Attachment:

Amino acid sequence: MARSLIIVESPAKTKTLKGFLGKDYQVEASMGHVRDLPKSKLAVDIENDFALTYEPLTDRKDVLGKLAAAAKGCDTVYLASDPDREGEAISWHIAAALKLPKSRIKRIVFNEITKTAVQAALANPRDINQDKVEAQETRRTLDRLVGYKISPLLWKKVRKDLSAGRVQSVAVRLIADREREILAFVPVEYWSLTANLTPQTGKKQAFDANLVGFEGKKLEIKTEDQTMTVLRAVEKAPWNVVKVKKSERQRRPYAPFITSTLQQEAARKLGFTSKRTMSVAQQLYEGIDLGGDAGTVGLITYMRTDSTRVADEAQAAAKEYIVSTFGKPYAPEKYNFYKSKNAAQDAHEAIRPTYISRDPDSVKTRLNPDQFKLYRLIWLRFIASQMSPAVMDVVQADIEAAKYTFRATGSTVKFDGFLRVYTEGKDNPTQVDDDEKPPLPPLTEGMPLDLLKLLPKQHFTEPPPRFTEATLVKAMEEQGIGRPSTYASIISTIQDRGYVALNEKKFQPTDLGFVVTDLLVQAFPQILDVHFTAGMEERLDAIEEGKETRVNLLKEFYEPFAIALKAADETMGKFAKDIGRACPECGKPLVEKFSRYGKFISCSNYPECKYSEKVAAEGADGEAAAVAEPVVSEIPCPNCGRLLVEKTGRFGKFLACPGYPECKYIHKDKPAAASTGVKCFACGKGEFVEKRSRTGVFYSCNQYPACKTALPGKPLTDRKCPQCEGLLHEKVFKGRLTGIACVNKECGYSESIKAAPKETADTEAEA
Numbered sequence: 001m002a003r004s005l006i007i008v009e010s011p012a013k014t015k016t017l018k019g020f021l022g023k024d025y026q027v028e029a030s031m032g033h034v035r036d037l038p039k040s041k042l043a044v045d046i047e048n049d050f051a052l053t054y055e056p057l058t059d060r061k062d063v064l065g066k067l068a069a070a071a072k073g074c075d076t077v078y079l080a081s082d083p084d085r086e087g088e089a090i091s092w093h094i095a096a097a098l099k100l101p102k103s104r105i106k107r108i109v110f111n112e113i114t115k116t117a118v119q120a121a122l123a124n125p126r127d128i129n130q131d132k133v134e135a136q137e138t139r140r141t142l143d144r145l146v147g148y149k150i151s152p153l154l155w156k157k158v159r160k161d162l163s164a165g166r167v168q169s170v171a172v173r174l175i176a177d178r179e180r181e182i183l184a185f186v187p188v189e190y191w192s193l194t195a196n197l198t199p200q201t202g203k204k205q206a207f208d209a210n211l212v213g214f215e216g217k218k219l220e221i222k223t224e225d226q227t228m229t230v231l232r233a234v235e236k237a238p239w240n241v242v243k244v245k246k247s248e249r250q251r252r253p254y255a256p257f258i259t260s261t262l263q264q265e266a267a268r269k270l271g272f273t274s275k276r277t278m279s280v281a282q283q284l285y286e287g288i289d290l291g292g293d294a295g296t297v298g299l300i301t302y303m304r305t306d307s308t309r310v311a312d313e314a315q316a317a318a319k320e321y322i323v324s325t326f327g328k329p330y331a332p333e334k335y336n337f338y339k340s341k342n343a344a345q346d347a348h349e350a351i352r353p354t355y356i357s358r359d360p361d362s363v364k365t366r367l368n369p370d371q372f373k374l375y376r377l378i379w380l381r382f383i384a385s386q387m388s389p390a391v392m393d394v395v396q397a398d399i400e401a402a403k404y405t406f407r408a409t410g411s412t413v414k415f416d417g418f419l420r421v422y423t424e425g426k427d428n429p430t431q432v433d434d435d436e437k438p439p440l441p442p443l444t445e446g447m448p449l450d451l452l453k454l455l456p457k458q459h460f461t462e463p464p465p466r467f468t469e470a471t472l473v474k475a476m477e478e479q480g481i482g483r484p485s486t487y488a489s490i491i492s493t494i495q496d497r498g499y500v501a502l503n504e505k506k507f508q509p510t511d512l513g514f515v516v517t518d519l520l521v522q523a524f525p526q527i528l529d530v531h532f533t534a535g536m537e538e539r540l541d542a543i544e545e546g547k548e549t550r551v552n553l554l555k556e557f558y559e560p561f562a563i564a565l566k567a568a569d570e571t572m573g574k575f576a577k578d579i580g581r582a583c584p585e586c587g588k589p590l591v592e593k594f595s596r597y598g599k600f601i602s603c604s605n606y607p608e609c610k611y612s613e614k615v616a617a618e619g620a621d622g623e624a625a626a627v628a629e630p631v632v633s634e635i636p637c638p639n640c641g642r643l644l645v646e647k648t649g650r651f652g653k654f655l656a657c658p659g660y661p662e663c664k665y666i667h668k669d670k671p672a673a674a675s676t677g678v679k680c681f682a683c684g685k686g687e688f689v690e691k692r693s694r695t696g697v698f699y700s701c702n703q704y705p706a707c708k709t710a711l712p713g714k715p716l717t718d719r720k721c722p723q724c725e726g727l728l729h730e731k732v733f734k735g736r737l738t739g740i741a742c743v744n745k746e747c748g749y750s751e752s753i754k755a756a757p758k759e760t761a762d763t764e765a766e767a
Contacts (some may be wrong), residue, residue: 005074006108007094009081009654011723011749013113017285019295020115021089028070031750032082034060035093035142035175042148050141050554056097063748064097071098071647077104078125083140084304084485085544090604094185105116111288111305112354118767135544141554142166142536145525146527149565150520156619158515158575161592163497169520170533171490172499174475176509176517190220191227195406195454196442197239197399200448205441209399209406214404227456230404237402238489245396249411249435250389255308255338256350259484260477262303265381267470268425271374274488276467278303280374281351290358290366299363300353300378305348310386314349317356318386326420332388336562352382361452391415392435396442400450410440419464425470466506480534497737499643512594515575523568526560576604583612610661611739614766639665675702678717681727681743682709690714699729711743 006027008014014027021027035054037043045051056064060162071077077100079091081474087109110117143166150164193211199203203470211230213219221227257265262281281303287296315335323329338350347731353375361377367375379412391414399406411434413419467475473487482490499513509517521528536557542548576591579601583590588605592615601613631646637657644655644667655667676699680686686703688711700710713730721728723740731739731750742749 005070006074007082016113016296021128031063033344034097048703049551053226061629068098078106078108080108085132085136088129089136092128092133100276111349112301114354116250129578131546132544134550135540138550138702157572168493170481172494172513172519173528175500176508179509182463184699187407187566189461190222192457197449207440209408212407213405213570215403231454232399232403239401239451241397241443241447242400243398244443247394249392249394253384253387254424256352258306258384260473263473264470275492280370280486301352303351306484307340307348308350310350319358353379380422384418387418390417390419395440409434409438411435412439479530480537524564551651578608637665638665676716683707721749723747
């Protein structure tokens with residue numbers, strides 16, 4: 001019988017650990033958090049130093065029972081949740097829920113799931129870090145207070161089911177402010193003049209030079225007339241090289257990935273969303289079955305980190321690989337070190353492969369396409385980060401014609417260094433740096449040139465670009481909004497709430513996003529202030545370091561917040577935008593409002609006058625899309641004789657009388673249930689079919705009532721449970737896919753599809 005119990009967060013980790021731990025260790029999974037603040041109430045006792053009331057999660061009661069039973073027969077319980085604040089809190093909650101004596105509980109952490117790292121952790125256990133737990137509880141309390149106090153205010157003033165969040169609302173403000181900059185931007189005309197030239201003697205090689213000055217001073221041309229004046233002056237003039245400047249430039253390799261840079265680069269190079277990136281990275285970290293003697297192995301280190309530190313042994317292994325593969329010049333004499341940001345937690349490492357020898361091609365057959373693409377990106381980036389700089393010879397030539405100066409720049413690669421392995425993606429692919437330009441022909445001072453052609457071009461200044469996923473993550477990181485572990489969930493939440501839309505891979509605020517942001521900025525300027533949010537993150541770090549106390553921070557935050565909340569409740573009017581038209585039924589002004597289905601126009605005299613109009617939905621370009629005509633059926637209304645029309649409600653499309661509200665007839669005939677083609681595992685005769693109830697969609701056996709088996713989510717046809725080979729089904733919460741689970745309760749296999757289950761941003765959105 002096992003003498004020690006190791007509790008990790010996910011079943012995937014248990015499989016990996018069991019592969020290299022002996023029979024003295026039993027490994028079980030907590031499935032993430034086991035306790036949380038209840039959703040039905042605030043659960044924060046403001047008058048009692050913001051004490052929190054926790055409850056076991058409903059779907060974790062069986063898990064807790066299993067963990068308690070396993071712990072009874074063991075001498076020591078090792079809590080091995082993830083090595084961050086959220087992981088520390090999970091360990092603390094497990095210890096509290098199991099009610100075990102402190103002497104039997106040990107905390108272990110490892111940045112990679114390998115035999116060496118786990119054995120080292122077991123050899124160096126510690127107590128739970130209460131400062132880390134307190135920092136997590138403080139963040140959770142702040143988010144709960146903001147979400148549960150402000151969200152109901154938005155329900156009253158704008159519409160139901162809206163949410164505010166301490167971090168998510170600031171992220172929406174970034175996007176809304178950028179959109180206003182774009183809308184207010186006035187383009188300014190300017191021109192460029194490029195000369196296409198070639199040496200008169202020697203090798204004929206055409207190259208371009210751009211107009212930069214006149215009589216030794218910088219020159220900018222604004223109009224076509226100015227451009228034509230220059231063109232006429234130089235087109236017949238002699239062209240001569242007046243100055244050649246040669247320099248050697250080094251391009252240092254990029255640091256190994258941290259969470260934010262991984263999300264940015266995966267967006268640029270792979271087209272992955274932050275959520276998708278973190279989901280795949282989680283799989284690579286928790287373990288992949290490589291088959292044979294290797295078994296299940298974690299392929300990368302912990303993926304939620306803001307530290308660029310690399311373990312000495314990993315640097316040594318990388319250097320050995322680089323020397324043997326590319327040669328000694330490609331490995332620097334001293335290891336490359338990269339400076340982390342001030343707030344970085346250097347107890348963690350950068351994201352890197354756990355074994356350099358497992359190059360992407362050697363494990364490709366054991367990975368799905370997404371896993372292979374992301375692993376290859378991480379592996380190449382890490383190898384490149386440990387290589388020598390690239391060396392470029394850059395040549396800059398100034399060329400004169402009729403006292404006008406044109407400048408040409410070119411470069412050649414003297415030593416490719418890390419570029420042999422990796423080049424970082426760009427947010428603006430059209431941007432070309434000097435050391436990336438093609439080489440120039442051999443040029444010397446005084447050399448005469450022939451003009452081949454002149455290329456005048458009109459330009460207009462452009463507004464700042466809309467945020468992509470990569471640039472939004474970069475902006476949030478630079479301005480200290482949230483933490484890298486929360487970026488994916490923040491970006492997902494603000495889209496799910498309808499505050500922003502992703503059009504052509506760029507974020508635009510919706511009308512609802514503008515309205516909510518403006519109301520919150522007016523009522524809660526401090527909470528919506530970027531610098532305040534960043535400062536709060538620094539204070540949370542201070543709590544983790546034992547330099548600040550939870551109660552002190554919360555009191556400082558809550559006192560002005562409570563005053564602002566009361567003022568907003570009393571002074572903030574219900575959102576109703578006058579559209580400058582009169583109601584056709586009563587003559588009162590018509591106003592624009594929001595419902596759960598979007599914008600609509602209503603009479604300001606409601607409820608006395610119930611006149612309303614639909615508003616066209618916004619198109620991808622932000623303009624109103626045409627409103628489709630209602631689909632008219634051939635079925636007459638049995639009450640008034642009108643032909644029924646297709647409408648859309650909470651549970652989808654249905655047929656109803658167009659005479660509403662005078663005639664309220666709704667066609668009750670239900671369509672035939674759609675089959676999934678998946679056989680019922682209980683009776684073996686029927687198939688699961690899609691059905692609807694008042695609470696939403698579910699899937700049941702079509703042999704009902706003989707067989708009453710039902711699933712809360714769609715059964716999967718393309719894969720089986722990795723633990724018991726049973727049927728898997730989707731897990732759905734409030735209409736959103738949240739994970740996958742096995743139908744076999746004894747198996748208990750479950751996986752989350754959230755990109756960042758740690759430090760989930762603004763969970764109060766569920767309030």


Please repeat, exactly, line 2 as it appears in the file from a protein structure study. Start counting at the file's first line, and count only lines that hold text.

Numbered sequence: 001m002a003r004s005l006i007i008v009e010s011p012a013k014t015k016t017l018k019g020f021l022g023k024d025y026q027v028e029a030s031m032g033h034v035r036d037l038p039k040s041k042l043a044v045d046i047e048n049d050f051a052l053t054y055e056p057l058t059d060r061k062d063v064l065g066k067l068a069a070a071a072k073g074c075d076t077v078y079l080a081s082d083p084d085r086e087g088e089a090i091s092w093h094i095a096a097a098l099k100l101p102k103s104r105i106k107r108i109v110f111n112e113i114t115k116t117a118v119q120a121a122l123a124n125p126r127d128i129n130q131d132k133v134e135a136q137e138t139r140r141t142l143d144r145l146v147g148y149k150i151s152p153l154l155w156k157k158v159r160k161d162l163s164a165g166r167v168q169s170v171a172v173r174l175i176a177d178r179e180r181e182i183l184a185f186v187p188v189e190y191w192s193l194t195a196n197l198t199p200q201t202g203k204k205q206a207f208d209a210n211l212v213g214f215e216g217k218k219l220e221i222k223t224e225d226q227t228m229t230v231l232r233a234v235e236k237a238p239w240n241v242v243k244v245k246k247s248e249r250q251r252r253p254y255a256p257f258i259t260s261t262l263q264q265e266a267a268r269k270l271g272f273t274s275k276r277t278m279s280v281a282q283q284l285y286e287g288i289d290l291g292g293d294a295g296t297v298g299l300i301t302y303m304r305t306d307s308t309r310v311a312d313e314a315q316a317a318a319k320e321y322i323v324s325t326f327g328k329p330y331a332p333e334k335y336n337f338y339k340s341k342n343a344a345q346d347a348h349e350a351i352r353p354t355y356i357s358r359d360p361d362s363v364k365t366r367l368n369p370d371q372f373k374l375y376r377l378i379w380l381r382f383i384a385s386q387m388s389p390a391v392m393d394v395v396q397a398d399i400e401a402a403k404y405t406f407r408a409t410g411s412t413v414k415f416d417g418f419l420r421v422y423t424e425g426k427d428n429p430t431q432v433d434d435d436e437k438p439p440l441p442p443l444t445e446g447m448p449l450d451l452l453k454l455l456p457k458q459h460f461t462e463p464p465p466r467f468t469e470a471t472l473v474k475a476m477e478e479q480g481i482g483r484p485s486t487y488a489s490i491i492s493t494i495q496d497r498g499y500v501a502l503n504e505k506k507f508q509p510t511d512l513g514f515v516v517t518d519l520l521v522q523a524f525p526q527i528l529d530v531h532f533t534a535g536m537e538e539r540l541d542a543i544e545e546g547k548e549t550r551v552n553l554l555k556e557f558y559e560p561f562a563i564a565l566k567a568a569d570e571t572m573g574k575f576a577k578d579i580g581r582a583c584p585e586c587g588k589p590l591v592e593k594f595s596r597y598g599k600f601i602s603c604s605n606y607p608e609c610k611y612s613e614k615v616a617a618e619g620a621d622g623e624a625a626a627v628a629e630p631v632v633s634e635i636p637c638p639n640c641g642r643l644l645v646e647k648t649g650r651f652g653k654f655l656a657c658p659g660y661p662e663c664k665y666i667h668k669d670k671p672a673a674a675s676t677g678v679k680c681f682a683c684g685k686g687e688f689v690e691k692r693s694r695t696g697v698f699y700s701c702n703q704y705p706a707c708k709t710a711l712p713g714k715p716l717t718d719r720k721c722p723q724c725e726g727l728l729h730e731k732v733f734k735g736r737l738t739g740i741a742c743v744n745k746e747c748g749y750s751e752s753i754k755a756a757p758k759e760t761a762d763t764e765a766e767a